Jon Chait writes up The Weekly Standard and jingoism, noting the classic 19th century British pub song that gave us the term: "We don't want to fight but by Jingo if we do, We've got the ships, we've got the men, we've got the money too."

You sort of assume the Standard wouldn't go out of its way to conjure up these sorts of associations. But then I read headlines like this, and I wonder if one of their editors is subtly trying to undermine the whole Kristol project.

"This" would be Thomas Donnelly's article titled "Ready, Willing, and Able: We've got the ships, we've got the men, we've got the money too."

As with Chait's other writing on this theme, I agree with him, but I'm surprised he's only just now picking up on this. Key segments of the world of neoconservative thinking have been quite upfront about their desire to rehabilitate classical imperialism. This sometimes takes on a trivial form, as in Jonathan Last's "Case for the Empire" Standard article praising Darth Vader and slamming the Rebel Alliance. At other times, however, it's deadly serious, as in Max Boot's 2003 Financial Times op-ed "Washington Needs a Colonial Office" that the Standard reprinted online. Or, of course, Boot's October 2001 "The Case for American Empire: The most realistic response to terrorism is for America to embrace its imperial role."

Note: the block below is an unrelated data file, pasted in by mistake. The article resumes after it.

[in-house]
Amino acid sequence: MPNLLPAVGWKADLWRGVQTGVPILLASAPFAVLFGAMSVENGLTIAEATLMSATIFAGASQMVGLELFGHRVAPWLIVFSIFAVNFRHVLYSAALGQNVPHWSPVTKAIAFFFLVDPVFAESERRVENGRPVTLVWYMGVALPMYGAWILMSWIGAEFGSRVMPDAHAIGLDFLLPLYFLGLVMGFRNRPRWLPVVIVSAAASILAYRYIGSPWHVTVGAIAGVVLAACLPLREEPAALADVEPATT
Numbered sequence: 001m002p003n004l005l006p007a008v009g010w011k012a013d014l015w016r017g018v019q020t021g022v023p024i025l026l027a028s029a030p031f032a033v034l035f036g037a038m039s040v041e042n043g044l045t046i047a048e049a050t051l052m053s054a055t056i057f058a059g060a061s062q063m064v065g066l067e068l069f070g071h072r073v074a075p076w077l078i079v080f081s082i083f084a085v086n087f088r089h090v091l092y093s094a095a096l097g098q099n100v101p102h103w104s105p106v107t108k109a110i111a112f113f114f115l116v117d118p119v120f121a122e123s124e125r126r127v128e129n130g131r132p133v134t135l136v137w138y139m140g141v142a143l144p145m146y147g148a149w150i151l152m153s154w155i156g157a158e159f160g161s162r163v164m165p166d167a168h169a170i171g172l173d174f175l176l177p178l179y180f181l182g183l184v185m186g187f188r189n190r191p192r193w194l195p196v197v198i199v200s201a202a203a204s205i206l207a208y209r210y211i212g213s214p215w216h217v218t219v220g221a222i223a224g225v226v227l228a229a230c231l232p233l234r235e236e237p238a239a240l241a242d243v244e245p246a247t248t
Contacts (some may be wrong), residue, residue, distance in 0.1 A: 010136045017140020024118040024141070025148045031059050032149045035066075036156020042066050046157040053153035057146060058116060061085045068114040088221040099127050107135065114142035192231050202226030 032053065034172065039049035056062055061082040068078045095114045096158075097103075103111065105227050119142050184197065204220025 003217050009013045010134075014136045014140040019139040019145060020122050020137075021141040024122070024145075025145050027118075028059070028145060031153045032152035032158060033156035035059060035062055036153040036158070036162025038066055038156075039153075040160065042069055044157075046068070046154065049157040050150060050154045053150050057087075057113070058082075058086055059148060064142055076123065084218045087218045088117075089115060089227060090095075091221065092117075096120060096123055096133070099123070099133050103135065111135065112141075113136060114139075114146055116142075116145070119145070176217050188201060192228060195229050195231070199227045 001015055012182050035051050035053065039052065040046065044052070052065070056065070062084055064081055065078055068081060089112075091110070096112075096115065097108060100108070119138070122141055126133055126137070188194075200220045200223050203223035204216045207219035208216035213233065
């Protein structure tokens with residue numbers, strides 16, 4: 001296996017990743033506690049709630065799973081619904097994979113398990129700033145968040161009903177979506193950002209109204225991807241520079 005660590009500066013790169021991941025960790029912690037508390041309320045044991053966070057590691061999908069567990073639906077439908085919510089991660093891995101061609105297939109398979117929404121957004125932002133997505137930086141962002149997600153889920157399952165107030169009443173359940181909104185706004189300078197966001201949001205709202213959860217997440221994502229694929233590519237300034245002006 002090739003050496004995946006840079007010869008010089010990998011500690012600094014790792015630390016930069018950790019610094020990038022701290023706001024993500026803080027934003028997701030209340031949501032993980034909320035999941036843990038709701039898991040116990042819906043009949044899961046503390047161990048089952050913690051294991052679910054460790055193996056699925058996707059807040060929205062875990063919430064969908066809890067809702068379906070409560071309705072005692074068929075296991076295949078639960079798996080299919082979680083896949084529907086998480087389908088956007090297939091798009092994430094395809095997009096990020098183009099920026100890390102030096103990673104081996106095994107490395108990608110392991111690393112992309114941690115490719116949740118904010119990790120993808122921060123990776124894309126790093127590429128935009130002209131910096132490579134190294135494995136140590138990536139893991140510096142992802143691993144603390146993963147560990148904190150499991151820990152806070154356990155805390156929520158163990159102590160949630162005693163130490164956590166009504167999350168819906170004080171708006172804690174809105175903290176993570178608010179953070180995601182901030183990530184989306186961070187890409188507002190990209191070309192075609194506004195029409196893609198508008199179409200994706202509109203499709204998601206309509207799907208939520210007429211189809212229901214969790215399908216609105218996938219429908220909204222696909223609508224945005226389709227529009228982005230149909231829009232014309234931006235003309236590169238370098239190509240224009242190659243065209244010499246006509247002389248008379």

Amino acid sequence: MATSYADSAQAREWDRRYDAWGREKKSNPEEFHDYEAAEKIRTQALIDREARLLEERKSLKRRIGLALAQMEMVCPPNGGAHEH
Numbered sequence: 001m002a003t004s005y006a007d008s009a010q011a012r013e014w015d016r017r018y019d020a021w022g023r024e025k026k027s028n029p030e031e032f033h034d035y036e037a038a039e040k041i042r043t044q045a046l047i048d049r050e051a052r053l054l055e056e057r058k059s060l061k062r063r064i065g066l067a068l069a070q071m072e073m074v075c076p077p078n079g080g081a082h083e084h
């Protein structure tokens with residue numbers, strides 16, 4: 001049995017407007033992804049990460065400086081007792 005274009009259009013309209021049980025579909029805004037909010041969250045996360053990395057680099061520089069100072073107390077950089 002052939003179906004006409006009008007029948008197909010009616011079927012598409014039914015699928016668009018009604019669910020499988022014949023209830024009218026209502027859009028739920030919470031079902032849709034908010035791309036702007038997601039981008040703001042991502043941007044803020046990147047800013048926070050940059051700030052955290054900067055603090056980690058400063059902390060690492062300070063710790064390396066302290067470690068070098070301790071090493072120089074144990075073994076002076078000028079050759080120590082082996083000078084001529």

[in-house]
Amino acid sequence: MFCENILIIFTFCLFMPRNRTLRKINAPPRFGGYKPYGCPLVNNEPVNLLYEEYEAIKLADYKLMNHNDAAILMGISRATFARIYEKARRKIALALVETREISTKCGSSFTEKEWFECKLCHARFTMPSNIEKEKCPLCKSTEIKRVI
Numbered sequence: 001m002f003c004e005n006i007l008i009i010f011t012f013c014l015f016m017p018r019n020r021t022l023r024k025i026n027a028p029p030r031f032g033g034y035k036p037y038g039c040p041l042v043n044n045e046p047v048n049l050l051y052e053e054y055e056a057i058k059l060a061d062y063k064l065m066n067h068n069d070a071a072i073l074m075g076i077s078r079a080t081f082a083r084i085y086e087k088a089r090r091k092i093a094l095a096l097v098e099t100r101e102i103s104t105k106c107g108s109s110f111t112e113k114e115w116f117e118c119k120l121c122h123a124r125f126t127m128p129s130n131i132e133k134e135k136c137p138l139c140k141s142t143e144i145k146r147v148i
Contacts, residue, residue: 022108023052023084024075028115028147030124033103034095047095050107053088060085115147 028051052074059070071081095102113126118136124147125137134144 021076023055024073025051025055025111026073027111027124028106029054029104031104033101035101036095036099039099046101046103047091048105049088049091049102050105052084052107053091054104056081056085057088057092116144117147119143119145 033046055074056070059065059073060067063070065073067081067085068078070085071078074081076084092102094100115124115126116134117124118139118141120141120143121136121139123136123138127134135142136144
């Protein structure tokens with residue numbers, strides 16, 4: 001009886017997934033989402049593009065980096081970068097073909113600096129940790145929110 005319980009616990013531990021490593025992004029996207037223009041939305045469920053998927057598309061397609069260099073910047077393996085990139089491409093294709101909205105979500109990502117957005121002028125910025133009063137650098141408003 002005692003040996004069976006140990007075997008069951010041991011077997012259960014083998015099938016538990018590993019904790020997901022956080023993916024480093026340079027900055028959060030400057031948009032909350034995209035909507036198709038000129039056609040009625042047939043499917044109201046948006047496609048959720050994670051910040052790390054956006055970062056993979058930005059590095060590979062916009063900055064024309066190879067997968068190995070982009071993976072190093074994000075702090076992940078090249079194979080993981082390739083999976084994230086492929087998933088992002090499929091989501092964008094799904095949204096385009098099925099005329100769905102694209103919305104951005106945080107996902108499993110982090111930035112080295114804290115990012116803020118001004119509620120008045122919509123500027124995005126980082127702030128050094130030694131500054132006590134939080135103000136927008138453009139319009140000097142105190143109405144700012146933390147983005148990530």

And, of course, to underline the point that Boot isn't being merely ironic here, Boot even wrote a book called The Savage Wars of Peace, explicitly linking his thinking to Rudyard Kipling's "The White Man's Burden". Alternatively, you get up-is-downism like Richard Just's efforts to argue that the real imperialism is a refusal to go to invade Sudan or Stanley Kurtz's view that Edward Said is an imperialist.